I tell women that it is always beneficial to practice your relaxation method in the pregnancy so that you are used to it by the time labour day arrives. This way you can stay calm and start relaxing as soon as the contractions begin. So when women ask me if a pain free labour is really possible I say yes if you approach it with a birth plan that includes relaxation techniques.
We need more women to come forward after experiencing a pain free labour using coping strategies outlined in this blog. This will help chip away at the belief system that is painful labours. Feel free to leave messages on this blog to spread the word, my lone voice is just not enough.

The Fourth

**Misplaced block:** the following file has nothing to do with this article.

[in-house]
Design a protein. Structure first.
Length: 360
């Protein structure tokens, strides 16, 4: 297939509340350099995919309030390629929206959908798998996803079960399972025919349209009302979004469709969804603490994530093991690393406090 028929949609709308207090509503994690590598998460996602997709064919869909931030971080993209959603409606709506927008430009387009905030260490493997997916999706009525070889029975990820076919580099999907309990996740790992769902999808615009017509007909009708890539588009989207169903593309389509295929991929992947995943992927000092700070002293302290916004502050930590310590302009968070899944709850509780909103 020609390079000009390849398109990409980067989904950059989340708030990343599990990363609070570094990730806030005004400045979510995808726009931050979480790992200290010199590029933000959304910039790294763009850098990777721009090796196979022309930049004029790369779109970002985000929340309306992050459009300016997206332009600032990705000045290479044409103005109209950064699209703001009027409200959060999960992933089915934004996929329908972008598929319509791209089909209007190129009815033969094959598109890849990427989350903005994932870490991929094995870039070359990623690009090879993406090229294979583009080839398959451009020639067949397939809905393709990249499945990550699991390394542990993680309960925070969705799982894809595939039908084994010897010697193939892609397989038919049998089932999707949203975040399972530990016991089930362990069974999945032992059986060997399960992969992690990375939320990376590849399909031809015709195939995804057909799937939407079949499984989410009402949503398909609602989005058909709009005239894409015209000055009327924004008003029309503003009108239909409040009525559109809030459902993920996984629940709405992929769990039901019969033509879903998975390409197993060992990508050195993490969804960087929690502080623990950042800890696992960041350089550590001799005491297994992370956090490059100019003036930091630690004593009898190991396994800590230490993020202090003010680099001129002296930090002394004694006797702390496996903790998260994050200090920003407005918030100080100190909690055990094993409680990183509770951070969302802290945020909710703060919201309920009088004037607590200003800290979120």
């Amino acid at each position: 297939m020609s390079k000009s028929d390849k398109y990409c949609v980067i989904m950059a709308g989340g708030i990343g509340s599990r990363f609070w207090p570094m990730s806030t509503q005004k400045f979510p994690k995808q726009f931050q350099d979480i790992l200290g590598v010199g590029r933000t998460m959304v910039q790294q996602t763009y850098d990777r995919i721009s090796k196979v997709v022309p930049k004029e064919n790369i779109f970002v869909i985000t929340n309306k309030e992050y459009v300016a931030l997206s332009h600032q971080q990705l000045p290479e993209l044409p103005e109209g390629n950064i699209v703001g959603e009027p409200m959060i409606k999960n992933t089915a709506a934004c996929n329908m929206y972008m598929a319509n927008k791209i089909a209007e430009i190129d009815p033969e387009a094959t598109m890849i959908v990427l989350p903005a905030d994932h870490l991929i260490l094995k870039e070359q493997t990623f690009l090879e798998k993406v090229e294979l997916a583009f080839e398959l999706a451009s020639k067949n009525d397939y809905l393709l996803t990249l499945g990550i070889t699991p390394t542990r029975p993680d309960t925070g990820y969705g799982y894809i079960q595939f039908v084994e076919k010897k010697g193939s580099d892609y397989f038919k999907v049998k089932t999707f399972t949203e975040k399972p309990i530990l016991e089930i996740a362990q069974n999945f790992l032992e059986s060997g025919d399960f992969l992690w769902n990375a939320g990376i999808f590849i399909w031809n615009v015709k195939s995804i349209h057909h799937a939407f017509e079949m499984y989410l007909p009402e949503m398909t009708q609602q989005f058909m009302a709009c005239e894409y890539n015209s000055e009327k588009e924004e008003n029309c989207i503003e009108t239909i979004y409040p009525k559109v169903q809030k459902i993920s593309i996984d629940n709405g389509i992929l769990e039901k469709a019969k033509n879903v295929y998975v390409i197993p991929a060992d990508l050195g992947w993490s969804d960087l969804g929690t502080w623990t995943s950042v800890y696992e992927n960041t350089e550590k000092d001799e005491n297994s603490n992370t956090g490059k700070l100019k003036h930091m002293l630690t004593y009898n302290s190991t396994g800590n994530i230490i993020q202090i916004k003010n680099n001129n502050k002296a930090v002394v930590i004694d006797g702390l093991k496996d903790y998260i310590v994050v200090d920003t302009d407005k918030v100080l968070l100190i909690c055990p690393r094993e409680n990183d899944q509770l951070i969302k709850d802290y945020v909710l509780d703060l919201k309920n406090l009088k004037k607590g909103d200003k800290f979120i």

When the midwife arrived for my home birth I was found to be 5cm dilated. We made the bedroom ready and then went downstairs for a nice cup of tea. I was able to sit and run through my relaxing technique (see the post - Relax with progressive muscle relaxation) and the contractions caused me no pain at all, bliss. However, I don't think the midwife was convinced that I was in labour as she didn't call the second midwife to attend. In the middle of News at Ten, whilst sipping tea and eating biscuits, I instinctively threw myself off the couch onto the floor shouting "My waters have gone and I want to push". The midwife took one look at my sanitary pad and asked my husband to ring the doctor and ask him to come immediately as I was losing meconium stained liquor. This means that the baby has been stressed at some time in the pregnancy or labour causing their bowels to open and contaminate the amniotic fluid surrounding the baby. If any of this meconium is breathed in by the baby at the birth it can have very serious consequences. "Can you make it upstairs?" my midwife asked me. The contraction was ebbing away and so I composed myself and we both sprinted for the stairs. I had planned an upright or hands and knees birth, my midwife asked if this was still the plan but I just threw myself on the bed saying "Just get it out". The head was out in seconds. My midwife was saying to me "Don't Push" as she struggled to get her pack open and suction my baby's mouth and nose to help prevent inhalation. Research has since shown that this practice is of no benefit with meconium stained liquor and in fact can cause harm. I kept saying, "Can I push yet, can I push yet?" just like an annoying child on a journey asking "Are we there yet?" At last she said I could push and my baby shot out into the safe hands of my lovely midwife. I still have dreams of giving birth where my baby shoots out and falls off the end of the bed and I have to follow the cord to find him, my babies are always boys in my dreams. I was having a home birth due to the cruel and heartless way I was treated with my third in hospital, he was taken away before I had a chance to see him 'for a bath' and put back into the farthest corner of the room leaving me aching to hold him. This time my baby was delivered onto my tummy and I was able to see my poo stained bundle of joy for the first time. My gorgeous girl had arrived. I was complete. The wonderful GP who had taken me on for my pregnancy and home birth gave us both a clean bill of health and then left us to it. My second pain free labour. I should become a midwife and help spread the word that most women don't have to suffer painful labours, and here I am. Sorted.